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An Expensive Lesson in Trademark Law

An Expensive Lesson in Trademark Law

There are lessons from the recent BBC report about a chicken shop owner in Manchester who lost a trademark dispute against Tesla. 

Mr Ali trademarked the name ‘Tesla Chicken & Pizza’ in 2020. So in 2021 the IPO notified him that Tesla was trying to register its name in the food and drink category. Mr Ali decided to oppose Tesla’s application. He lost because Tesla successfully invalidated his trademark arguing that he was taking advantage of its reputation. 

If you’ve been receiving my newsletter, you’ll remember a recent one about LV Bespoke where I explained the need to avoid using the same or a similar name to that of a well-known brand, even if you’re in a different category.

The reason Mr Ali had secured his trademark was that Tesla hadn’t objected to his application. The IPO had notified Tesla, who chose not to object.

The fact is, trademark owners are not obliged to object. Not doing so, does not stop them applying to cancel the mark at some point in the future.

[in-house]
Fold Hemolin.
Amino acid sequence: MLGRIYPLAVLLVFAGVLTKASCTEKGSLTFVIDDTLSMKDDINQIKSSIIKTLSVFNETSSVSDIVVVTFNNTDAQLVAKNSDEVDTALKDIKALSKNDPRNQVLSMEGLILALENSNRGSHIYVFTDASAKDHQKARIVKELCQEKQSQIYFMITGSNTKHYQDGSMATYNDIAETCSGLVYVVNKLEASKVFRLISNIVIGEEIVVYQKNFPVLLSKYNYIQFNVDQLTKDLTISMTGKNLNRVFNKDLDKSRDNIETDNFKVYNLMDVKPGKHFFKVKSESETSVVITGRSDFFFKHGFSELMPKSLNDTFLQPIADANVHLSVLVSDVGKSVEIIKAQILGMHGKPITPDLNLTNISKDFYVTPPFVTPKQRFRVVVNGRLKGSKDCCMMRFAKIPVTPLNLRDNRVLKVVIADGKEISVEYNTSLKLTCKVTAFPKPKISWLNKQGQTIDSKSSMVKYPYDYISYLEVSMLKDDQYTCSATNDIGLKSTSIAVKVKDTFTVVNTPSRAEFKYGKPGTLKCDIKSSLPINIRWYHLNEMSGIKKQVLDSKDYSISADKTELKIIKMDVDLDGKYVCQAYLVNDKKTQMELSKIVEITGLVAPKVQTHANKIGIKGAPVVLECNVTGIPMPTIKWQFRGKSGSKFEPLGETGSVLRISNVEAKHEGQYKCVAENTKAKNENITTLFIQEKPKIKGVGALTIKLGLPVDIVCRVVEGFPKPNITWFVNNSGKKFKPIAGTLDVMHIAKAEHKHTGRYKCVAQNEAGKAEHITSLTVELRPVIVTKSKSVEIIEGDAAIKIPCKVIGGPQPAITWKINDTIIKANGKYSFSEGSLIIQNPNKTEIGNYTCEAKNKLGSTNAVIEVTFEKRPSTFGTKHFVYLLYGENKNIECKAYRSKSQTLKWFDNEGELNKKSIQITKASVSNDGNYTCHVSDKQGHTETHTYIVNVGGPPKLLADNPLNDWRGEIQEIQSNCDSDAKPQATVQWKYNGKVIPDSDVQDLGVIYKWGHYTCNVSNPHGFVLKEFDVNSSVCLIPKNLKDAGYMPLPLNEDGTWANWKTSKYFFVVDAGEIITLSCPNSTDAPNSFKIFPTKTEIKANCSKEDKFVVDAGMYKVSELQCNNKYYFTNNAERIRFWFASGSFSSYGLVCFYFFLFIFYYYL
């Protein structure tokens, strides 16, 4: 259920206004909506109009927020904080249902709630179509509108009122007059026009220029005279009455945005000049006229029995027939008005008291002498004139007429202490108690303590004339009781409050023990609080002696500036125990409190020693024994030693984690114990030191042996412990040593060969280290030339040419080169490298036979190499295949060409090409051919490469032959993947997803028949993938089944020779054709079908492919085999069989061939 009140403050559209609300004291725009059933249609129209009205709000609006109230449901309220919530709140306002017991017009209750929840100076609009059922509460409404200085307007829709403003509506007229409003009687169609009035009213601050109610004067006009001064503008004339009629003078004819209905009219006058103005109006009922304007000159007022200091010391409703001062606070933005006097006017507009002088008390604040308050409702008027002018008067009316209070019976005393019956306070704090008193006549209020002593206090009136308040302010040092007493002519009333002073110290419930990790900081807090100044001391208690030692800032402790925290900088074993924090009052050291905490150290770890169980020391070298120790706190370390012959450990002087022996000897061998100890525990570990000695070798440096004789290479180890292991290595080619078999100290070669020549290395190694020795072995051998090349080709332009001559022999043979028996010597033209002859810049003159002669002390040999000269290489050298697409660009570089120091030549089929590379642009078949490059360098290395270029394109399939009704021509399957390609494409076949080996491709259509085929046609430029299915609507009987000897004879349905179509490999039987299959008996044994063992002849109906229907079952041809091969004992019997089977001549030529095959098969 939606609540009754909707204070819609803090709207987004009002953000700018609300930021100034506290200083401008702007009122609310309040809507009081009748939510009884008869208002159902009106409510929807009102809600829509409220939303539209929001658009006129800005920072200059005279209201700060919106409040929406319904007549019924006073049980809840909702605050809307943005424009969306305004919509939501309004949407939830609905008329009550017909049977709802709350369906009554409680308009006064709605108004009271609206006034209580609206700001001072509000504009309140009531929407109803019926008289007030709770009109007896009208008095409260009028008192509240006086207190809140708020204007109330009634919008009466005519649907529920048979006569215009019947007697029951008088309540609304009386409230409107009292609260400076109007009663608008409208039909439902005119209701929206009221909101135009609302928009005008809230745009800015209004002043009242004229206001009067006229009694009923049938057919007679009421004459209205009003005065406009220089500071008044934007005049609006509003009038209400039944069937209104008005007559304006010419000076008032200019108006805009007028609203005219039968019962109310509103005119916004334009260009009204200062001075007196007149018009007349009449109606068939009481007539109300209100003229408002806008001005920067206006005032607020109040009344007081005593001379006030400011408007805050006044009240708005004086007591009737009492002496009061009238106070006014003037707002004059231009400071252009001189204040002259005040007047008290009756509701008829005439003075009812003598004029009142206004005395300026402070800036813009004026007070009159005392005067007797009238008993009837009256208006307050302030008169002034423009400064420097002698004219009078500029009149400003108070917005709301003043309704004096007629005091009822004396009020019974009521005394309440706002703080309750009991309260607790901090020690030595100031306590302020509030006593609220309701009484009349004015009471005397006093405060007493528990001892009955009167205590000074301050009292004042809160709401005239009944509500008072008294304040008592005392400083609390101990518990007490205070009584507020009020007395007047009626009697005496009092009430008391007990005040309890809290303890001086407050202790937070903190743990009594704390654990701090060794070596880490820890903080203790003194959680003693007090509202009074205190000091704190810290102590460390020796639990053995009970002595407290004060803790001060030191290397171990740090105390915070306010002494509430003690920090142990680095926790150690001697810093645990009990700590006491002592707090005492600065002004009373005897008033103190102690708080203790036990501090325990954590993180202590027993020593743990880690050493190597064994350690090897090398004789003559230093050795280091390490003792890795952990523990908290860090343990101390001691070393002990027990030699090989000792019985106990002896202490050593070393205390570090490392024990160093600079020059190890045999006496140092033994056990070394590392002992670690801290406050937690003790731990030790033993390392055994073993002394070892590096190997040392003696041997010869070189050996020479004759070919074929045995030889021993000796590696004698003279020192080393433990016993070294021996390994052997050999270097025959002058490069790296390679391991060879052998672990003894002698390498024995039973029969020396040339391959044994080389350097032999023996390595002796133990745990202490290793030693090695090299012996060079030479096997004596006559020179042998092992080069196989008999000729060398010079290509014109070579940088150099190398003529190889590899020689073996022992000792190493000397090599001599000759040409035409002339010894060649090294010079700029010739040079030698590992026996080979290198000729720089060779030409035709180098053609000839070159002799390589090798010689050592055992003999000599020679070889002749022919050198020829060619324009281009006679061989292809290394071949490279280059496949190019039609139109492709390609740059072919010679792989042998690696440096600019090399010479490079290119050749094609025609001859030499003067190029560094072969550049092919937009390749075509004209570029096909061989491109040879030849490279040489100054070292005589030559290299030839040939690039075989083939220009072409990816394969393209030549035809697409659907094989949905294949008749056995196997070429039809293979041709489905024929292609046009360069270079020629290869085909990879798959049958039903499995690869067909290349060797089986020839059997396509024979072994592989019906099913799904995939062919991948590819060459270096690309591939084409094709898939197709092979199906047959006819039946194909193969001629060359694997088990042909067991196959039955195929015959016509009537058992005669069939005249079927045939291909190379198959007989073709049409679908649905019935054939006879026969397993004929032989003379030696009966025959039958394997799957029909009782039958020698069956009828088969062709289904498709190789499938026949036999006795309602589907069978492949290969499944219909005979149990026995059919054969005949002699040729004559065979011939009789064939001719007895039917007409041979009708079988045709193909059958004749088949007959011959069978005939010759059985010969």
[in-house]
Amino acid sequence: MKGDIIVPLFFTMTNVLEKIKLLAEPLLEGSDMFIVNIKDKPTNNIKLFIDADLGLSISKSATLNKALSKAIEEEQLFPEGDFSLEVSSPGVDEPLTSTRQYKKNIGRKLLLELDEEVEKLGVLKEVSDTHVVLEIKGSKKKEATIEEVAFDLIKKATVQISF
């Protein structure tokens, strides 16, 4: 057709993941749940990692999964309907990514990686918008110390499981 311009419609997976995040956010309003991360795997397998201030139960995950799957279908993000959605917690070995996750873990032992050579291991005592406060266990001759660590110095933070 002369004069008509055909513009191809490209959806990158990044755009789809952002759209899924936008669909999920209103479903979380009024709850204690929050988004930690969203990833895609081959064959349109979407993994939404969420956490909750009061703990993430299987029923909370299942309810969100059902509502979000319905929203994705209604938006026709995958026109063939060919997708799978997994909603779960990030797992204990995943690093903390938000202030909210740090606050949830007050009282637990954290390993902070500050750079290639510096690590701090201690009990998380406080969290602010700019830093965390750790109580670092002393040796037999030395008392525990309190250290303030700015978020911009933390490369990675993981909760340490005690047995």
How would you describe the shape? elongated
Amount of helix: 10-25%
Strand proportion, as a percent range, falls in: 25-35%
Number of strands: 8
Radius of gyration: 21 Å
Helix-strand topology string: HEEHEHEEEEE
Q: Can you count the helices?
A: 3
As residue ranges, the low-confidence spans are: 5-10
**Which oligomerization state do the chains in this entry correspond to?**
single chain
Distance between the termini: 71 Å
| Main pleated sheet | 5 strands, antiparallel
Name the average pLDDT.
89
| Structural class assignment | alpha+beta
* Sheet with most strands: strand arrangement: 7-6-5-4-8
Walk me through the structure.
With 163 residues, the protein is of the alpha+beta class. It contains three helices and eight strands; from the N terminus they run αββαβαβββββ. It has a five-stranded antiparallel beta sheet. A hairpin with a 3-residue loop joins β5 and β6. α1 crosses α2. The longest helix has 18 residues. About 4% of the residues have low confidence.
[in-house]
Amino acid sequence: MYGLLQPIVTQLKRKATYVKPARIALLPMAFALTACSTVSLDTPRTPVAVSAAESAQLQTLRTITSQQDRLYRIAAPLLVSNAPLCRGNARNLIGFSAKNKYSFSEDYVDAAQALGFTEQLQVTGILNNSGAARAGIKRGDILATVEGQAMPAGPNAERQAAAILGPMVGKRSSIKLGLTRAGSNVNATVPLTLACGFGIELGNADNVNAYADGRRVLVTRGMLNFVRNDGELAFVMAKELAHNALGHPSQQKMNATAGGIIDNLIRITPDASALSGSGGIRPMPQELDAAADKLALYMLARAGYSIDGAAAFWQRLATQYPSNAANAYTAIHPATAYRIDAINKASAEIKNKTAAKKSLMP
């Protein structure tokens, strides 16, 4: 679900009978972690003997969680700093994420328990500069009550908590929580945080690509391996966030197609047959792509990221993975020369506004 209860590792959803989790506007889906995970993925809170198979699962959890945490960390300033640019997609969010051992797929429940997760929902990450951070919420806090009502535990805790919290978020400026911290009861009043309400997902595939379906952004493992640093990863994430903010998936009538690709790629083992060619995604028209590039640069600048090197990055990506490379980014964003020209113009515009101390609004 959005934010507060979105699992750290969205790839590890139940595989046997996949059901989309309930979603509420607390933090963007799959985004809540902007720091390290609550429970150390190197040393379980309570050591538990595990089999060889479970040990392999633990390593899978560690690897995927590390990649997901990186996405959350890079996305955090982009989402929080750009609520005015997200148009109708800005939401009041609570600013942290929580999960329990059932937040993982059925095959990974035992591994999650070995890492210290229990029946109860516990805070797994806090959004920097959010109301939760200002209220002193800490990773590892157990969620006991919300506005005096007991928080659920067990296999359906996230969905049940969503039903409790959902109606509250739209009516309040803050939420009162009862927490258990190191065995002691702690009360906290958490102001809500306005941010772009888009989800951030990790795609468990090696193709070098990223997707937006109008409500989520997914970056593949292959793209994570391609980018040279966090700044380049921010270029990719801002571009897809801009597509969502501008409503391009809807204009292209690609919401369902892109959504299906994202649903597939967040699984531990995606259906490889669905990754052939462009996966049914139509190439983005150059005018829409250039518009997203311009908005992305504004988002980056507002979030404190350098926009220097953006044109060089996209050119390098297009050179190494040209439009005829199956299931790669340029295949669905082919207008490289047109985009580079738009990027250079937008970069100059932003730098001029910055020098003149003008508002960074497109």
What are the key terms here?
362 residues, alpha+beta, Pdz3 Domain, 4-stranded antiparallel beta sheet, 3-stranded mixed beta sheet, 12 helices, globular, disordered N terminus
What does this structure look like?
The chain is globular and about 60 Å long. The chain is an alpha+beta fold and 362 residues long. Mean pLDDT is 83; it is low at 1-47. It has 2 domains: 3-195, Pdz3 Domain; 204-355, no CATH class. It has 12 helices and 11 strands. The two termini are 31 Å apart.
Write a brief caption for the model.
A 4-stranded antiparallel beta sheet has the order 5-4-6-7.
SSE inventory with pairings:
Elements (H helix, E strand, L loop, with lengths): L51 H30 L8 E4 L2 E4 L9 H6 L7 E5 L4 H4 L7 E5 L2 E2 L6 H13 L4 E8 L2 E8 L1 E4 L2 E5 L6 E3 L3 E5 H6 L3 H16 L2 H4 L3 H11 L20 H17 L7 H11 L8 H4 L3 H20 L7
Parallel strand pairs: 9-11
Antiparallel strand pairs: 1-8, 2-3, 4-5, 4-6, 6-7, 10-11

Well-known brands have many trademark infringement issues to deal with. So, they may make a policy decision to not oppose certain applications, choosing to use their resources to pursue other types of infringing activity.

That Mr Ali decided to oppose Tesla's application shows that he was either not advised or was poorly advised. Any lawyer with an understanding of trademark law would have dissuaded him. As it is, he incurred over £10,000 in legal fees and suffered two years of stress.

This saddens me because his case was entirely avoidable. It should never have happened. He should never have applied to register the mark in the first place.

People need to know that if someone else has rights to a name, their successful registration means nothing. It rests on shaky foundations. 

I blame the culture of DIY trademark registration for the fact that Mr Ali applied to register this mark.

I’ve seen unnecessary suffering for business owners who handle their own trademarking. They miss out on essential advice that would avoid wasting time and money. Also, they often get a poor quality registration.

A related benefit of receiving professional advice is that businesses might avoid having a good name 'stolen' by traders in other countries. If they don’t secure their trademark in other markets they’re likely to find that someone else has registered their name in a key market precluding them from using it once they’re ready to launch there. It’s worth locking down the rights in a name if there’s an intention to trade internationally within the next 5 years.

Intellectual property is where the value in a business lies. So, be sure to get proper advice so you use effective strategies to protect this most important asset of your business.